Friday, September 04, 2009


Here is a true story and it happened to me so I need to let off the steam. It will be the beginning of my Weekly Rants & Raves, so I hope my adoring fans and faithful followers will be ready for this new weekly feature!

The last few years I have been a volunteer for a local charity golf tournament. My job is very easy and kind of fun. I am the un-official photographer, using my personal camera, for the organization at their fundraising events. My duty included taking photos of the golfers and managing the putting contest during the tournament and at the silent auction during the evening reception and awards presentation prior to the dinner.

This year I was also asked to help with setting up the auction items. So I handed my own camera to another volunteer, let's call her "Melinda", to take photos of the last five teams and I went into the dining room to work on arranging the items and the bidding sheets. Unexpectedly the tournament was terminated early due to lightning as the rain also began falling heavily. Everyone began to gather in the dining room when the golf course blew the emergency horn. When I saw Melinda, I asked her if I could have my camera. She responded that she put the camera on the podium together with the clipboard listing the names of all the golfers, the calculator and the tape measure. When Melinda looked at the items on the podium, she realized that she had left the camera outside in the rain! She then tried to explain, "I heard the siren so I quickly grabbed everything and ran to safety." I did not know what else to say except, "Don't worry about it." When the rain finally stopped, Melinda went outside and brought back the camera which already had the look of "soaking wet". (Two days later the camera no longer had the foggy screen but when I tried turning it on, you could hear the "click, click" sound from the shutter trying to open but could not. Someone suggested using the hairdryer blowing directly into the Battery/Memory Stick cover. I wanted but did not say to the person, "If that did not work, will put the camera in the microwave or the oven for 20 minutes or 300 degrees!" Luckily the memory stick was unharmed and I was able to upload all the photos into a CD.) Another volunteer also carried a camera and he was able to take photos of the auction and awards dinner.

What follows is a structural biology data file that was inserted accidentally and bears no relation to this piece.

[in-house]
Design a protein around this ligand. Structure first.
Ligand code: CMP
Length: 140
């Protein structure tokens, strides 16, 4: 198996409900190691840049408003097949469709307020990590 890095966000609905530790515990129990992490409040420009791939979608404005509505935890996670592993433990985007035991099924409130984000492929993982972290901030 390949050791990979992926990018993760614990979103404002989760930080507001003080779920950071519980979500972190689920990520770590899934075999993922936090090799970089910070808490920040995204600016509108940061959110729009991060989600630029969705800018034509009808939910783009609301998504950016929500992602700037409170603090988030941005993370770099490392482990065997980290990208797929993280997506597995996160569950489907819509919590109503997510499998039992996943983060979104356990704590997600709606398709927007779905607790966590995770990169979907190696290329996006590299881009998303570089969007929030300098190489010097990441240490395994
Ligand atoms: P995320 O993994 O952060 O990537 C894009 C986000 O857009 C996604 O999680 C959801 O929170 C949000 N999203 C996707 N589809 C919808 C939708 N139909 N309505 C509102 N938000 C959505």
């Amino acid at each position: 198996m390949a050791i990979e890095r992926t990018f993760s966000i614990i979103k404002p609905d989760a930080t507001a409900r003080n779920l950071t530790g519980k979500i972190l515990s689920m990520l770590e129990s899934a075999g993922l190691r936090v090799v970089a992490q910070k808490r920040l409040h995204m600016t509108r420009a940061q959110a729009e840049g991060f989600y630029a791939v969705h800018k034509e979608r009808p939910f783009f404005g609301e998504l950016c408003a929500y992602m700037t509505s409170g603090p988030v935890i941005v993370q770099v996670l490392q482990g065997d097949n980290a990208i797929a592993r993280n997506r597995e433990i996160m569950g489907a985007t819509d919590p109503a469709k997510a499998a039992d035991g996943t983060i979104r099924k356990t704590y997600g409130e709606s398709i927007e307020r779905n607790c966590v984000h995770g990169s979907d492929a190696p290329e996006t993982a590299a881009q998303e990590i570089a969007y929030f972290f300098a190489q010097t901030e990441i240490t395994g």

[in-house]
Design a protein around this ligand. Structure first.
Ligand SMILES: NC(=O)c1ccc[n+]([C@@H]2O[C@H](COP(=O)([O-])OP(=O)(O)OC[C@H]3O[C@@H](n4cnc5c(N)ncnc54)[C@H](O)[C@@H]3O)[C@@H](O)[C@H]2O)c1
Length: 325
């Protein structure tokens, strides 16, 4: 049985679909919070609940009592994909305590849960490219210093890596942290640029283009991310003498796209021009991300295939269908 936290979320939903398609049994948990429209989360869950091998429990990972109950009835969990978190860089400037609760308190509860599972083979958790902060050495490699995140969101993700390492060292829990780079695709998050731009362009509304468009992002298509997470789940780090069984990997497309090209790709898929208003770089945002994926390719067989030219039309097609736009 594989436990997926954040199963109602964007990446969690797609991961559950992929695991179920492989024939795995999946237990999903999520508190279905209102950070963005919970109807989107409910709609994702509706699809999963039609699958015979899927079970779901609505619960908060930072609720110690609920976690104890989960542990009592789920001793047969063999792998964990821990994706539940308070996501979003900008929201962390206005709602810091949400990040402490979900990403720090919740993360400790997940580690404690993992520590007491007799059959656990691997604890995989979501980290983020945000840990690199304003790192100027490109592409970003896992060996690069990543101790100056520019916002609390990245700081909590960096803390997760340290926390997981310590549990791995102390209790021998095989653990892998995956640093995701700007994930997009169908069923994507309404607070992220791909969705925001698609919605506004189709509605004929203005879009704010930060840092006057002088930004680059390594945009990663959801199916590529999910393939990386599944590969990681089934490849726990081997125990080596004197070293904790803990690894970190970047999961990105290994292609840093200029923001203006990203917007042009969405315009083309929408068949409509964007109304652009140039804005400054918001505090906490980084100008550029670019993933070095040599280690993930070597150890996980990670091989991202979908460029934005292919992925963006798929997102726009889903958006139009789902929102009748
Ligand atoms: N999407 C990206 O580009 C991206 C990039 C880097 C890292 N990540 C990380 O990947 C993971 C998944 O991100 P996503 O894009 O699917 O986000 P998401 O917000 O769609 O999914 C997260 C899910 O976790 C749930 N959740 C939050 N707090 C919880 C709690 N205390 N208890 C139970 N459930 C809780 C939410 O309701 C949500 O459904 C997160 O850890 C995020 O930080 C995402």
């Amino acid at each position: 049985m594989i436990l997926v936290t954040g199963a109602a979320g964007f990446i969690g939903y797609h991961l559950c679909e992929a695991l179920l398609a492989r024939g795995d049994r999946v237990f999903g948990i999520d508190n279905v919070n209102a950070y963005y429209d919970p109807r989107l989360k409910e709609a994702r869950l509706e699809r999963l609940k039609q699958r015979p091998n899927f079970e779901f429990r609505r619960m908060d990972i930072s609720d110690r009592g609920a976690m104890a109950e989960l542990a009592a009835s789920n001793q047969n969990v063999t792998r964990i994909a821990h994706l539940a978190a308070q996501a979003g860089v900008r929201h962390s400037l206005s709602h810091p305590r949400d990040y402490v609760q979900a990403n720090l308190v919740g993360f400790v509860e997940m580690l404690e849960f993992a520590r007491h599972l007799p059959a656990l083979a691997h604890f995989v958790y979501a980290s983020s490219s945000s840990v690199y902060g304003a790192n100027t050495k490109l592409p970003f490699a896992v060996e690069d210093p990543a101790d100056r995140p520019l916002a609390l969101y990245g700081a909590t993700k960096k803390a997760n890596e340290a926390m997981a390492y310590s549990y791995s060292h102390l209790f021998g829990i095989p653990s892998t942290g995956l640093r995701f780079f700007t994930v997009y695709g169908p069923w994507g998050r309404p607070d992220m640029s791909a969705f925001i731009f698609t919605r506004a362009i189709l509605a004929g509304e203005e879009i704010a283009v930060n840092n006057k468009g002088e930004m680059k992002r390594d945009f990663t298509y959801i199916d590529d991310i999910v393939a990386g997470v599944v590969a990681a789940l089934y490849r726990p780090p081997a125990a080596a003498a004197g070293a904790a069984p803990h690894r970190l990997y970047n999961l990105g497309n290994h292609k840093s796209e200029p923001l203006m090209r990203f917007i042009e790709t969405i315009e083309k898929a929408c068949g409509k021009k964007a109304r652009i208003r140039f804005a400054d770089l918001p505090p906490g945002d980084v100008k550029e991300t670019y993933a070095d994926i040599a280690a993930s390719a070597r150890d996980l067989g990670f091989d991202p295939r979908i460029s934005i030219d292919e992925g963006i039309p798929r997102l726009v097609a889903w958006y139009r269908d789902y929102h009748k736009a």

I tried to remain calm, went on taking care of the auction and the awards presentation. Melinda mentioned the incident to the executive director of the charity organization. She offered to replace the camera but I told her I would not accept. As I drove home that night, I kept thinking about what Melinda said that the items she was able to grab before running to safety was a $5 tape measure and $10 calculator, but not my $200 camera!

This is the same woman who looked at my nametag and asked if my husband was Vietnamese. The name on my nametag was printed "Lydia Andrzejewski" (this is not my real name, I am just trying to make a point here). Even after I said, "Does Andrzejewski sound like Vietnamese to you?", the woman still said, "Well, I don't know your language or how Vietnamese is written."

This is not the first time someone asked me if my husband was Vietnamese. If I was a Caucasian woman with a name like "Mary Jones", would anyone ask me if my husband was a White man? If I was an African American woman with a name like "Tonya Washington", would anyone ask me if my husband was Black? So why do people ask me if my husband was Vietnamese because I am Vietnamese? Why is it so important for the person to know or why would it matter whether I married within or outside of my own race?

I think I have wasted enough time ranting and raving for this week. I am going to shop for a new camera that is waterproof!

No comments:


Related Posts with Thumbnails